Because there is no proven cure for mesothelioma, many people diagnosed with this cancer are willing to try alternative mesothelioma treatment options that might help them live longer. Many long-term mesothelioma survivors say they went beyond the treatment recommendations offered by their oncologist to treat their disease.
The term “complementary and alternative medicine” (CAM) is used to describe two approaches: Complementary therapies are added to traditional cancer treatment for a more holistic approach to treating cancer, while alternative therapies are used in place of traditional cancer treatment. The complementary approach is common, while the alternative approach is rare.
The benefit of the complementary approach — also called integrative oncology — is that a person is receiving the best possible care from traditional and natural therapies. Cancer treatments may be aggressive and damaging to the body, but they can also extend survival for many people with mesothelioma. Traditional treatment isn’t for everyone. Some people decide against it and others don’t qualify for it. Whether you decide to take a complementary or alternative approach to treating your mesothelioma is a personal decision made with the help of your family and health care team.
Survivors Who Used Complementary Methods of Treatment
Many mesothelioma survivors have used complementary therapies. Some survivors added CAM therapies to their traditional treatment plan to give themselves a more holistic approach to healing. Other survivors didn’t qualify for traditional treatment because their cancer was too advanced, leaving them only with complementary therapies to manage the illness. Regardless of what motivated these survivors to try CAM therapies, they took a proactive approach to improve their prognosis.
Judy G. lived with pleural mesothelioma for more than 18 years with the help of traditional cancer treatment and complementary therapies. In addition to two surgeries and occasional radiation therapy to keep her tumors under control, Judy drank mangosteen juice and spent time each day in meditative prayer. Mangosteen juice is reported to boost immunity and overall health. The time Judy spent praying helped her to handle stress. She also enjoyed gardening and felt like it helped her remain active in a meaningful way.
James “Rhio” O. lived more than eight years with pleural mesothelioma using alternative medicine. Upon diagnosis, Rhio was told his cancer had spread too far for surgery or chemotherapy to be effective. He decided to try the natural approach and worked with health professionals like nutritionists, holistic doctors and psychologists. Rhio changed his diet, took supplements and practiced mind-body medicine. “What do we long-term survivors have in common? Most of us took control of our health,” said Rhio.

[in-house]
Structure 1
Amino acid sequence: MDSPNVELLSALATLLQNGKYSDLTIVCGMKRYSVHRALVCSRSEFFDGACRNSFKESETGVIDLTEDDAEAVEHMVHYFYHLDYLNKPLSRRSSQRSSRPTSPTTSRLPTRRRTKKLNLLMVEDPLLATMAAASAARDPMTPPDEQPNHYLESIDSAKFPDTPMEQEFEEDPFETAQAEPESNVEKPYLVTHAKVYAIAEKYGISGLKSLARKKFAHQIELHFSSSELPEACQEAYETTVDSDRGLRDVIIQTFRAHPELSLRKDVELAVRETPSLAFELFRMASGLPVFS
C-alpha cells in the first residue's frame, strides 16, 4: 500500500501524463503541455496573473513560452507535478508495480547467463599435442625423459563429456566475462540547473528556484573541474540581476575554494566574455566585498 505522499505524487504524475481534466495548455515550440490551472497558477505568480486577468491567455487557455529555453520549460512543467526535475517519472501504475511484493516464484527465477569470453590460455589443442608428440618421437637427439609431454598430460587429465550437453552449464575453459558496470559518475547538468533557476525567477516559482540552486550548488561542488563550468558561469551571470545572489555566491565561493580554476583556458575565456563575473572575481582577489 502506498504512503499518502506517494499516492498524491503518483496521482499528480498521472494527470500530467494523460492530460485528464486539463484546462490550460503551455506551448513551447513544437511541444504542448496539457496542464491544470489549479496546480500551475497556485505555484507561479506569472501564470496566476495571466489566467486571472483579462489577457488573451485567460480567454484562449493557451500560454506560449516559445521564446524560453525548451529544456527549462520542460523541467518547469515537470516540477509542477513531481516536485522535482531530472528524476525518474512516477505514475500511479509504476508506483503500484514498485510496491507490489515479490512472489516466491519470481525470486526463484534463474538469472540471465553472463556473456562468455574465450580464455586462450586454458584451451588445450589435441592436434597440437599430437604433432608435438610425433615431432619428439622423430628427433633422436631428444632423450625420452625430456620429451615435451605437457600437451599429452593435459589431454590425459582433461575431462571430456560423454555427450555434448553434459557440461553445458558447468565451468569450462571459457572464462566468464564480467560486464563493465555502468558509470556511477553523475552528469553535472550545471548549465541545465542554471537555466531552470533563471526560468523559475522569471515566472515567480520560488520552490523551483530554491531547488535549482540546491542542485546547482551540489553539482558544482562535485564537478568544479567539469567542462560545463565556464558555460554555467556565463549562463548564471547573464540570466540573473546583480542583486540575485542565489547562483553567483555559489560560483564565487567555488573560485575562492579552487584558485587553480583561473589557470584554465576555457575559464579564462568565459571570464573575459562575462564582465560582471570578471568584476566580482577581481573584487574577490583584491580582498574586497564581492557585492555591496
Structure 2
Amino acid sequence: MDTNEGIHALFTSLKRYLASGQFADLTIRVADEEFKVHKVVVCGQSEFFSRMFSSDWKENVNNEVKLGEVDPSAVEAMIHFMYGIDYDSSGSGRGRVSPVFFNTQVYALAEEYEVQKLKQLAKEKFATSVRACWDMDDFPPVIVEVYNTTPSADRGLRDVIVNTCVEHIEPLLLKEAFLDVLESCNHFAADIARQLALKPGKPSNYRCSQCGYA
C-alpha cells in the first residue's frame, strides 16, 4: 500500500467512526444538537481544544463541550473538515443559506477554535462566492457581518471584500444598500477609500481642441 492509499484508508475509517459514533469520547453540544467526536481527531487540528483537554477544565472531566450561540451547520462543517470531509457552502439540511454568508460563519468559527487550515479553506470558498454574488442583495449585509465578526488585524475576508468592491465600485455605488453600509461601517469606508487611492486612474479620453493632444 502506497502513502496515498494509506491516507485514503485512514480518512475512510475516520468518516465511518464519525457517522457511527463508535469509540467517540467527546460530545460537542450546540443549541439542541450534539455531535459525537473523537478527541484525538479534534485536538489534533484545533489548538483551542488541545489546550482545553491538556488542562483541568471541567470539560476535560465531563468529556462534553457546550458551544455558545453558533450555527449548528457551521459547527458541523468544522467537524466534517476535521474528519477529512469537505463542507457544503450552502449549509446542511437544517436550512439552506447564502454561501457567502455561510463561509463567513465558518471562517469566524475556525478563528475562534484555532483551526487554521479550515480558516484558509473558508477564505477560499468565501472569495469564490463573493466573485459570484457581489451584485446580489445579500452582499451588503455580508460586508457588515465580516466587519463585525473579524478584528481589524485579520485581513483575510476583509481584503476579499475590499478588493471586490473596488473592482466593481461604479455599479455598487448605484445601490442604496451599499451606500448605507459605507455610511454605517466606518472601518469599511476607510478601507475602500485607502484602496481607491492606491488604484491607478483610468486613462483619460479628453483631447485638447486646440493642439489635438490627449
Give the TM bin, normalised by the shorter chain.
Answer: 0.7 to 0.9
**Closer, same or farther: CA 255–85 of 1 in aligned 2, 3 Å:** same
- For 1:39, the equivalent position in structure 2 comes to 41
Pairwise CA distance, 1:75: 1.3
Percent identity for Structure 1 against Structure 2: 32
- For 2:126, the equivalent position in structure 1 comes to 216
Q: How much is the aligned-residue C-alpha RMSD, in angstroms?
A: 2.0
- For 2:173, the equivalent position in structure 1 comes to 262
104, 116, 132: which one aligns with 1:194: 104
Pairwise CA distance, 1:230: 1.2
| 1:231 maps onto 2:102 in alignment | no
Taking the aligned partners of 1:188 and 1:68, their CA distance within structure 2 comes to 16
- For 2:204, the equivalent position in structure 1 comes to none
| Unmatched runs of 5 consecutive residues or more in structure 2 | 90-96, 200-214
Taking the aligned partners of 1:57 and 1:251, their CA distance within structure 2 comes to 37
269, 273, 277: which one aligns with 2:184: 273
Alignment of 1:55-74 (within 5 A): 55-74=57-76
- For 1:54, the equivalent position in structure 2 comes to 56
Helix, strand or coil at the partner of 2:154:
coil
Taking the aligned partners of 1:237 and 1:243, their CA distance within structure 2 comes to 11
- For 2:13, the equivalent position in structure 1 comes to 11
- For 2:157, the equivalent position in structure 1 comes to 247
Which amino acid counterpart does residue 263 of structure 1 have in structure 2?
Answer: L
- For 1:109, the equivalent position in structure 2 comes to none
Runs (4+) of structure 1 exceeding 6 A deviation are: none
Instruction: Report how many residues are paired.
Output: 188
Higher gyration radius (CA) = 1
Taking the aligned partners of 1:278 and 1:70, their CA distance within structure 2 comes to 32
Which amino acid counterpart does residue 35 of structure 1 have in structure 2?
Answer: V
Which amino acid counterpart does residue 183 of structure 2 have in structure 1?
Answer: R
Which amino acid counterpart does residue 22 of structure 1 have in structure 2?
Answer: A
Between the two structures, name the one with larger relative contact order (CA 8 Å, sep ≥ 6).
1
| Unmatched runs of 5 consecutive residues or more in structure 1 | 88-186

Paul K. has lived with peritoneal mesothelioma for more than 16 years using complementary and alternative mesothelioma treatments. The only semi-traditional cancer treatment Paul used is Ukrain, a drug containing the herb Chelidonium majus and chemotherapy agent thiotepa. The rest of Paul’s treatment is comprised of complementary therapies like supplementation with vitamins and herbs, mind-body medicine, vegetarianism and a whole food diet. Paul believes his focus on nutrition and overall health are major factors to his survival.
Complementary Methods Have Shown Promise
Researchers have clinically tested acupuncture, massage, mind-body therapies and other complementary therapies for their value in cancer care, and they are used by mesothelioma survivors.
Although no traditional or complementary treatment has proven to cure mesothelioma, some complementary therapies are effective at treating symptoms of mesothelioma and certain side effects of traditional cancer treatments. Complementary therapies that boost physical or mental health can positively impact overall health, helping you to live better with mesothelioma.
Acupuncture is an ancient healing modality that applies needles on points throughout the body to relieve pain and promote health. Many people with cancer have tried acupuncture and report that it helps with pain, fatigue, anxiety and nausea. Clinical studies of acupuncture have proven the therapy is beneficial for pain, as well as radiation- and chemotherapy-induced and postoperative nausea (though not more beneficial than current anti-nausea medications). People who experience side effects from pain relievers and anti-nausea medication may consider acupuncture to help control pain and nausea following cancer treatment.